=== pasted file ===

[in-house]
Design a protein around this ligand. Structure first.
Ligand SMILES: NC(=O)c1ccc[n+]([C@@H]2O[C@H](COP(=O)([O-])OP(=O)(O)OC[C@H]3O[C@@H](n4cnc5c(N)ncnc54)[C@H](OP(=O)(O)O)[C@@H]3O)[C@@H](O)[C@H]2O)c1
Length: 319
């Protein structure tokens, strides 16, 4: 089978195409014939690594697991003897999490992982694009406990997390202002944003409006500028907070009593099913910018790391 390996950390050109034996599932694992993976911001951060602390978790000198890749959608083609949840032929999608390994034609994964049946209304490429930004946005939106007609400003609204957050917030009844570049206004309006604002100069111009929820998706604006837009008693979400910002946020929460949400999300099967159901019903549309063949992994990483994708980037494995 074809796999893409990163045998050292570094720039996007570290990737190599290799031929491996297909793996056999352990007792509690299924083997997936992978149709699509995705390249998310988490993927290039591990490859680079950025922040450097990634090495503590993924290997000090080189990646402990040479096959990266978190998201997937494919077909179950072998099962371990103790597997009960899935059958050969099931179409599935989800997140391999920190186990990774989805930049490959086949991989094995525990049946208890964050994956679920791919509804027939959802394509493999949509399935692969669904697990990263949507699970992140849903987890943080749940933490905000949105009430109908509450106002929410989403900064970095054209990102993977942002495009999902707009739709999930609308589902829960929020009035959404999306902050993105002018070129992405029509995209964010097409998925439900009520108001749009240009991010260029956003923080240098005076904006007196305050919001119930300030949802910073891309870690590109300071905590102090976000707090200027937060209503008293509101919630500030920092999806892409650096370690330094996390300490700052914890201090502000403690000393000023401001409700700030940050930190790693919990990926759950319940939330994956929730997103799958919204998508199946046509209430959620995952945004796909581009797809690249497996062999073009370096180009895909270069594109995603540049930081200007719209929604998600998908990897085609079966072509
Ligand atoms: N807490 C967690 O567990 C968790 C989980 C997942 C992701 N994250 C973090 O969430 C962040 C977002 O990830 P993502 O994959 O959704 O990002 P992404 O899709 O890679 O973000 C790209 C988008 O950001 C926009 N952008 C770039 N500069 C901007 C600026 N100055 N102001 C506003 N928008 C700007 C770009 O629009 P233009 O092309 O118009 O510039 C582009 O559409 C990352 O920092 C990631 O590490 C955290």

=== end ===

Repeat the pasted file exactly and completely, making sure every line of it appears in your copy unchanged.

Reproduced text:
[in-house]
Design a protein around this ligand. Structure first.
Ligand SMILES: NC(=O)c1ccc[n+]([C@@H]2O[C@H](COP(=O)([O-])OP(=O)(O)OC[C@H]3O[C@@H](n4cnc5c(N)ncnc54)[C@H](OP(=O)(O)O)[C@@H]3O)[C@@H](O)[C@H]2O)c1
Length: 319
């Protein structure tokens, strides 16, 4: 089978195409014939690594697991003897999490992982694009406990997390202002944003409006500028907070009593099913910018790391 390996950390050109034996599932694992993976911001951060602390978790000198890749959608083609949840032929999608390994034609994964049946209304490429930004946005939106007609400003609204957050917030009844570049206004309006604002100069111009929820998706604006837009008693979400910002946020929460949400999300099967159901019903549309063949992994990483994708980037494995 074809796999893409990163045998050292570094720039996007570290990737190599290799031929491996297909793996056999352990007792509690299924083997997936992978149709699509995705390249998310988490993927290039591990490859680079950025922040450097990634090495503590993924290997000090080189990646402990040479096959990266978190998201997937494919077909179950072998099962371990103790597997009960899935059958050969099931179409599935989800997140391999920190186990990774989805930049490959086949991989094995525990049946208890964050994956679920791919509804027939959802394509493999949509399935692969669904697990990263949507699970992140849903987890943080749940933490905000949105009430109908509450106002929410989403900064970095054209990102993977942002495009999902707009739709999930609308589902829960929020009035959404999306902050993105002018070129992405029509995209964010097409998925439900009520108001749009240009991010260029956003923080240098005076904006007196305050919001119930300030949802910073891309870690590109300071905590102090976000707090200027937060209503008293509101919630500030920092999806892409650096370690330094996390300490700052914890201090502000403690000393000023401001409700700030940050930190790693919990990926759950319940939330994956929730997103799958919204998508199946046509209430959620995952945004796909581009797809690249497996062999073009370096180009895909270069594109995603540049930081200007719209929604998600998908990897085609079966072509
Ligand atoms: N807490 C967690 O567990 C968790 C989980 C997942 C992701 N994250 C973090 O969430 C962040 C977002 O990830 P993502 O994959 O959704 O990002 P992404 O899709 O890679 O973000 C790209 C988008 O950001 C926009 N952008 C770039 N500069 C901007 C600026 N100055 N102001 C506003 N928008 C700007 C770009 O629009 P233009 O092309 O118009 O510039 C582009 O559409 C990352 O920092 C990631 O590490 C955290």